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Posters, Presentations, and Data Visualizations

Scientific posters are a common type of genre created by researchers in science and engineering-related fields to communicate information about a study usually to other experts.

As a student, you may be assigned a scientific poster in a technical communication or science writing course or in a class that focuses on writing in your discipline.

At some point in your academic or professional life, you’ll have to stand in front of people and give a talk about a subject, and quite often, you’ll be asked to prepare visual materials to accompany your talk. You might prepare handouts, but odds are, you’ll be asked to prepare materials that you can project on a video screen.

The classic version of these projected materials is the overhead transparency, a thin sheet of clear plastic that you can run through a laser printer or write on with special markers; this medium is slowly disappearing, but it’s still around.

The use and spread of infographics has gained viral traction in the professional realm. The term “infographic” is a combination of the two words “information” and “graphic.” The infographic caters to fast-pace, “bottom-line” types of audiences by distilling complex information into a single image. Although infographics can be used in a variety of settings, they fare particularly well in the professional environment during business meetings, training sessions, and sales pitches. In fact, infographics have even become a popular means for job seekers to present their resumes. The beauty of an infographic, in contrast to a traditional alpha-numeric genre, is its ability to quickly make a lasting impression on audiences by appealing to their visual aesthetic.

Use visuals to develop and organize your ideas. Understand and explore the value of diagramming and mapping strategies.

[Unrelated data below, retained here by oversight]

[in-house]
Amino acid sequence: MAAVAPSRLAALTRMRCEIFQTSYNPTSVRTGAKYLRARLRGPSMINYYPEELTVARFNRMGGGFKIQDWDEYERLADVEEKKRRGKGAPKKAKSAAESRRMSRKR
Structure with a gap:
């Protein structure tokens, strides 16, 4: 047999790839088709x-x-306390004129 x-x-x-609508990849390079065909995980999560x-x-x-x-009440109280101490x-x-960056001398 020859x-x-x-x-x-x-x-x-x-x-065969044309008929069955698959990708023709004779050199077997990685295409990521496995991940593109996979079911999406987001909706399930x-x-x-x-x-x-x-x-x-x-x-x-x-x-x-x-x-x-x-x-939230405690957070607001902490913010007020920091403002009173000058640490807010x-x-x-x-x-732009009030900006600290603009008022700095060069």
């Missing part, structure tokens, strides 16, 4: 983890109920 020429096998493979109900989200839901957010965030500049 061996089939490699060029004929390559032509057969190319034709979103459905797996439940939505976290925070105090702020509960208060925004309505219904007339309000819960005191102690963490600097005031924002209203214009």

Visuals present a powerful and thought-provoking way to develop and organize ideas. Some neuroscientists "estimate that we get up to 80 percent of our information by visual means" (Horn 21). Images convey meaning just as words do. In fact, images are saturated with meanings that sometimes hit us at a subconscious level; images motivate us to act or feel strong emotion.

Regardless whether you are an engineer or a writer, a professional or a student, a business person or a scientist, you will be expected to communicate effectively with your supervisors, colleagues, clients, and the public. For most, that communication includes at least an occasional formal presentation.

Formal presentations in the workplace usually take one of three forms:

  1. Informational
  2. Persuasive
  3. Instructional

The Power Of PowerPoint

You’ve gathered your material, organized your outline, and now you are ready to put together a presentation that will pack a punch.  PowerPoint is a powerful tool in the hands of a wise designer. Once you understand a few basics, you, too, can put together a PowerPoint presentation that will be effective rhetorically.

Learning Objectives

  • Design documents, visuals, and data displays that are rhetorically effective, accessible, and usable for specific audiences
  • Recognize ethical, legal, and cultural issues in business and the professions

Think of the maps you see produced by the television station or website from which you get your weather information. While the meteorologist explains that northern Florida has highs in the 70s, central Florida has highs in the 80s, and southern Florida has highs in the 90s, that information is accompanied by a map.